The Hunting Ground: Catalyst for action to end sexual violence on campus in 2015

Written by David Lee

In 2014, sexual assault on college campuses became front-page news – in 2015 it will have an even larger profile as activists, journalists, filmmakers, government officials sexual violence prevention practitioners, and college administrators will be taking more action on this topic.

Just in the last year, stories of student activists naming the problem of campus sexual assault drew national attention. The White House established a task force, issued a report and developed the It’s on Us campaign to address the issue. The federal government released a list of colleges and universities undergoing investigation of sexual violence (starting with 55 institutions – now up to 94) and the Department of Education issued regulations on addressing sexual violence.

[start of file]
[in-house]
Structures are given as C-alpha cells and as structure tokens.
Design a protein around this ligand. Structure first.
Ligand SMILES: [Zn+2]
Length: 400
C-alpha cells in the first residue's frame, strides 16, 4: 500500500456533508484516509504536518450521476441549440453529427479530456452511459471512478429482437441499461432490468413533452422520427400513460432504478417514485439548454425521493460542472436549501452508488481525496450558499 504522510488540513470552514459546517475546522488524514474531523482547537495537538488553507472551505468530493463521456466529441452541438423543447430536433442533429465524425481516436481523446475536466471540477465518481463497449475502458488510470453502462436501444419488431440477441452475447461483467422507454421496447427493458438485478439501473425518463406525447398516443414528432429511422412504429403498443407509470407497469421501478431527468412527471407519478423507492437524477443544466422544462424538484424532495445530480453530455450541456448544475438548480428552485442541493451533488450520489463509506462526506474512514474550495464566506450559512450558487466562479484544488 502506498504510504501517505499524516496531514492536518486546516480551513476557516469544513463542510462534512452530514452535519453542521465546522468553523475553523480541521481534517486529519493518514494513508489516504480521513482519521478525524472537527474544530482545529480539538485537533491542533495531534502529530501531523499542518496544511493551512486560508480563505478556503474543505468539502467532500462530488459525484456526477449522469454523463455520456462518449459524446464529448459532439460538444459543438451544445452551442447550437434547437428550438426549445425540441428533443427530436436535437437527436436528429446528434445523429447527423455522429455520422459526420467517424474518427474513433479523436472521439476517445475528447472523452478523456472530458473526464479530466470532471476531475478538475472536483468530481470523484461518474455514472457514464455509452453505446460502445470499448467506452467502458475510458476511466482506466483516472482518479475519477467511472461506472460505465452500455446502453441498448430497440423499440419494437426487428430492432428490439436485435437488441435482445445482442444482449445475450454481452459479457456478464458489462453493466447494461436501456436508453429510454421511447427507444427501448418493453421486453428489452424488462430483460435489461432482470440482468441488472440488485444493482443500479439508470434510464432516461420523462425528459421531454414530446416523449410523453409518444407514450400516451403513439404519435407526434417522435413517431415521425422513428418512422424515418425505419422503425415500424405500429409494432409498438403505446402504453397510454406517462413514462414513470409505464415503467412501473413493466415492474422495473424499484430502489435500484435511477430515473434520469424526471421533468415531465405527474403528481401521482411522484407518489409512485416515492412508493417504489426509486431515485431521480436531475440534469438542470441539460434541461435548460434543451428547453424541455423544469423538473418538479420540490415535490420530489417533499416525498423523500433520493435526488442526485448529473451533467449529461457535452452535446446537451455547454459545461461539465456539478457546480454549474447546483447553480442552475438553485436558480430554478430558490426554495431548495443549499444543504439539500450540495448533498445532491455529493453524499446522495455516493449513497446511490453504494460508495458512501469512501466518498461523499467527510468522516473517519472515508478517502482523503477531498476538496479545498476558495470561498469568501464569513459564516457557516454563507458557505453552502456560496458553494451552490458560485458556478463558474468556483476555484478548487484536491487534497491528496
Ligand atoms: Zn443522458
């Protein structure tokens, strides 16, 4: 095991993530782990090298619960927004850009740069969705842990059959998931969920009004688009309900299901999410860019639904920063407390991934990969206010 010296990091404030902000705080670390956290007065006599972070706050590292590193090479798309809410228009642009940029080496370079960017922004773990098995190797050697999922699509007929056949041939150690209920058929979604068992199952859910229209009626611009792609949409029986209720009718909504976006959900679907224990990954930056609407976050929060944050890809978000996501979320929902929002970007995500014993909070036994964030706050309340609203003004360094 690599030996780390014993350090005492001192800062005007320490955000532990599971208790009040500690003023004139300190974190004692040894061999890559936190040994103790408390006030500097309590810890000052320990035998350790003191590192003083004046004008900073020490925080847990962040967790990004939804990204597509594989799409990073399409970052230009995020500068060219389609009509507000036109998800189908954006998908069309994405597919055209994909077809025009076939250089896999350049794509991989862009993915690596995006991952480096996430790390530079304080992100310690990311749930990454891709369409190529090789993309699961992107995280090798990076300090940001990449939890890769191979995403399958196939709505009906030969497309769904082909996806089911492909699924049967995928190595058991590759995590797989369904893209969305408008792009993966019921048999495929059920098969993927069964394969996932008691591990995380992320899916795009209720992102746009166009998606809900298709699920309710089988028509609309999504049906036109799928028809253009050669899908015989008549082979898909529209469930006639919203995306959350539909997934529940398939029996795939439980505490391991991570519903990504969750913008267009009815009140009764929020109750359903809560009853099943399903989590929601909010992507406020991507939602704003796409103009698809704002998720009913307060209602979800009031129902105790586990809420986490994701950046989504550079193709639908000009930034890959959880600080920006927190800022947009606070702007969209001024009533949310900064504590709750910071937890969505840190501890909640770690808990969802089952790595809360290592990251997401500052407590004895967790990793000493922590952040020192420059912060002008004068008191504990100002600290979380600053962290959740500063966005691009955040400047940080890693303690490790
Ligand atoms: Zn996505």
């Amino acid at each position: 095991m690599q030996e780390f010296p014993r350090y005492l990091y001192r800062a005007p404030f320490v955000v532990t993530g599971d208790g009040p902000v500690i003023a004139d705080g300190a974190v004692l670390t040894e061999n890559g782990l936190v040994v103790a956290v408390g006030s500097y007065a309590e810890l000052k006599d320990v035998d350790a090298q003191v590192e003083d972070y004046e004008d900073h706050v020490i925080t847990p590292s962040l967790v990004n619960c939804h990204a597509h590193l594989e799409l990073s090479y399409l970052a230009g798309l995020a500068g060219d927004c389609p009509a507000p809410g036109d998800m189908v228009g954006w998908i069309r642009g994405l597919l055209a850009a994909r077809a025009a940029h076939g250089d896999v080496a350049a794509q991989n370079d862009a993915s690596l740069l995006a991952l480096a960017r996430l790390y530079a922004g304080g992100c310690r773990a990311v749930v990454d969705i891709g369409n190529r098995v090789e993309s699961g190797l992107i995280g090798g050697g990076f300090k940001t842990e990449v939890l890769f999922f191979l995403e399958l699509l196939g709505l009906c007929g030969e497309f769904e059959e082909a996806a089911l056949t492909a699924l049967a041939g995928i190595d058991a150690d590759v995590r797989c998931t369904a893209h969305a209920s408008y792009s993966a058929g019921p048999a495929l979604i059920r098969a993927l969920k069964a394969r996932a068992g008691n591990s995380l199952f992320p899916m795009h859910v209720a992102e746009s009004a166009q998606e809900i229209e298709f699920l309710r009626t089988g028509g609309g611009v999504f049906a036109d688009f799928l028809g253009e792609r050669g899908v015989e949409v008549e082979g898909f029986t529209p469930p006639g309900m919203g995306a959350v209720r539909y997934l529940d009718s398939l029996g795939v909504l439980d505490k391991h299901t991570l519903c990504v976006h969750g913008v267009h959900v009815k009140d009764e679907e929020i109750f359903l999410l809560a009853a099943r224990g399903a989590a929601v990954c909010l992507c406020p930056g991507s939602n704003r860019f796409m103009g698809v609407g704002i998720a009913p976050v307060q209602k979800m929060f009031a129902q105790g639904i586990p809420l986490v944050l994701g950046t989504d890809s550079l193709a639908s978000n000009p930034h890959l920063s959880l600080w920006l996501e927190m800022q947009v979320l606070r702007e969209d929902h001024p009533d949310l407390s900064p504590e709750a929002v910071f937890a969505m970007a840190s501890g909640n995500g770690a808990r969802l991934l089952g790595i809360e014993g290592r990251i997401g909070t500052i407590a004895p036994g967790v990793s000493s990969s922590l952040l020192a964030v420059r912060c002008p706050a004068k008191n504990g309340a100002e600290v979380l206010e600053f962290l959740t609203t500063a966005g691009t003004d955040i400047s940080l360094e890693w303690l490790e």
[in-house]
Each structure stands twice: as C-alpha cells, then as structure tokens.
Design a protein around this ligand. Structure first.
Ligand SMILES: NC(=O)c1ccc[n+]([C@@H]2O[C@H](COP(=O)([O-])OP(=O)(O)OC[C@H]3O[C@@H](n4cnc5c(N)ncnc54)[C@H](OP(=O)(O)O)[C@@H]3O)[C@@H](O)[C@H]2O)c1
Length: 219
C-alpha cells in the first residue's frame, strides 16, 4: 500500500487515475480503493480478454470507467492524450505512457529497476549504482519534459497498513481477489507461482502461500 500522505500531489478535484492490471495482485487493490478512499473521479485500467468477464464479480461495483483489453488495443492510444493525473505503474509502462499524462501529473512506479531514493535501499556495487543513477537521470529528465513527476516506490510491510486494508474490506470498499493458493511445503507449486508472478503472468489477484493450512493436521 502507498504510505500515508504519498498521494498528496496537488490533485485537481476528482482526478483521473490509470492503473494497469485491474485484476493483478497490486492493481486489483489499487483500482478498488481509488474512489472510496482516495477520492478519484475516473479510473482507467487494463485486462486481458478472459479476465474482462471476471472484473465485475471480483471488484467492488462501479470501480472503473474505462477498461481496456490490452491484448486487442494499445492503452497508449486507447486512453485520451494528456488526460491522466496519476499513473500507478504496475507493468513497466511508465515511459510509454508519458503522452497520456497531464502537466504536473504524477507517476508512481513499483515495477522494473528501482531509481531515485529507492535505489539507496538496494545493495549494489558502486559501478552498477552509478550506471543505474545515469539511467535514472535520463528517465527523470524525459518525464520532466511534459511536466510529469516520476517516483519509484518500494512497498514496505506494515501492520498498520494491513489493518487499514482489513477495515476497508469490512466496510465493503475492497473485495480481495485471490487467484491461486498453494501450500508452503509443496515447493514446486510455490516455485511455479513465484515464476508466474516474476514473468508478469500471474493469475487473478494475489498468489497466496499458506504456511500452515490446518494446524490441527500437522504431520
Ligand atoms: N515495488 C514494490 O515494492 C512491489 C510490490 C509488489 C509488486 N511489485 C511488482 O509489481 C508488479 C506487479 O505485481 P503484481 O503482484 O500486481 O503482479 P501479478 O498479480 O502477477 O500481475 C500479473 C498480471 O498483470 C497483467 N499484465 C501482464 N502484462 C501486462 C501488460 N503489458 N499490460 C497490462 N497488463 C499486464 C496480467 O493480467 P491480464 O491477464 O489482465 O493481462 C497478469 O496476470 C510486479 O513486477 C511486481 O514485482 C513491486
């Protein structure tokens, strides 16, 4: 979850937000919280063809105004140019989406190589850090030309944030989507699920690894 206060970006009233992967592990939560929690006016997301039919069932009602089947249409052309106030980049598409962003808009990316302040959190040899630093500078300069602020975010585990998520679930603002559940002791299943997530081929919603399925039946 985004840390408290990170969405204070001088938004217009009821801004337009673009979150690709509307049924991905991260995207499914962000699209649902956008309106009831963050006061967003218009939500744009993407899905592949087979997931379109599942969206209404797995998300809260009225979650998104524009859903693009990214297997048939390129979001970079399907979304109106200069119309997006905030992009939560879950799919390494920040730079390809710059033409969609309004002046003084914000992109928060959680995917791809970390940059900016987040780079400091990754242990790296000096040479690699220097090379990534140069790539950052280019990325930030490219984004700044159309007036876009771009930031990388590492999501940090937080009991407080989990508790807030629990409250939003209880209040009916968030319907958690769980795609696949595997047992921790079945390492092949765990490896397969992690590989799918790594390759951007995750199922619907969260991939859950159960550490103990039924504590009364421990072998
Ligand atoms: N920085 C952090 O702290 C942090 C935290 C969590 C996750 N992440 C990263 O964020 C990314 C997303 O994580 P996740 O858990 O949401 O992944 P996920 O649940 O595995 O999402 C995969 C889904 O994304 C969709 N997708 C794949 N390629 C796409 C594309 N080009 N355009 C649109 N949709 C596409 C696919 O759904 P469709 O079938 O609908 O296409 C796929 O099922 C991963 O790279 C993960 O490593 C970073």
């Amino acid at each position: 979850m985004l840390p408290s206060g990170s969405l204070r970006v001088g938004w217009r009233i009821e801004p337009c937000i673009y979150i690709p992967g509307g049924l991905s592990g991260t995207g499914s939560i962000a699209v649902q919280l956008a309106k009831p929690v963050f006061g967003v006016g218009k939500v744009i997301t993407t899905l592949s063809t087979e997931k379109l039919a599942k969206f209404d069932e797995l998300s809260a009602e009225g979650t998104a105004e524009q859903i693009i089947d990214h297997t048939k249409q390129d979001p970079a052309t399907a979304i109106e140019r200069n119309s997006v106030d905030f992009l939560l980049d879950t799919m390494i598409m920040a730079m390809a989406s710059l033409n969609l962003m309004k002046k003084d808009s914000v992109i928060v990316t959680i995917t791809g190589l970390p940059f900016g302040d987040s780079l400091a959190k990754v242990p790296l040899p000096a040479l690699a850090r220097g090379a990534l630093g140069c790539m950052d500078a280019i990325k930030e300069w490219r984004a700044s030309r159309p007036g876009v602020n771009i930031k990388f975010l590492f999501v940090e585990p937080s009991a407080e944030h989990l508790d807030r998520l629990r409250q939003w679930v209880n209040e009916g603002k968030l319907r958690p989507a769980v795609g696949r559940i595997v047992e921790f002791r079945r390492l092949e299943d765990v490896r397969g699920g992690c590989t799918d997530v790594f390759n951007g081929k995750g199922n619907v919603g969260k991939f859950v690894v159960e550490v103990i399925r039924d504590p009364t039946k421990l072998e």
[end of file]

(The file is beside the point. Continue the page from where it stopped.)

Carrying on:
Yet, I expect even more attention and action in 2015. The year started with the January 2015 premiere of The Hunting Ground at the Sundance Film Festival, where it was one of the “Top 10 Buzzed About Festival Films.” This film will be released in theaters in New York and Los Angeles on February 27, and will open on other cities later. And The Hunting Ground will be shown on CNN in the fall.

I saw The Hunting Ground earlier this week – it is a compelling and moving account of the horrors of the experience of rape, the even more horrifying complacency of colleges mishandling, ignoring and minimizing sexual assault, and the flourishing powerful student movement to create change. I left the screening both saddened and energized. This film will be an important catalyst for action to support efforts toward preventing sexual violence.

To truly find ways to prevent sexual violence on college and university campuses, we must build collaboration between students, communities, and institutions, while always putting student voices first. Student activists, sexual violence prevention practitioners from local rape crisis centers, state coalitions, national organizations, faculty, parents and alumni all have important roles to play in working with college administrations. Together, we can encourage college and university administrators to take concrete action and create comprehensive plans to support survivors and create the social change necessary to end rape culture on campus.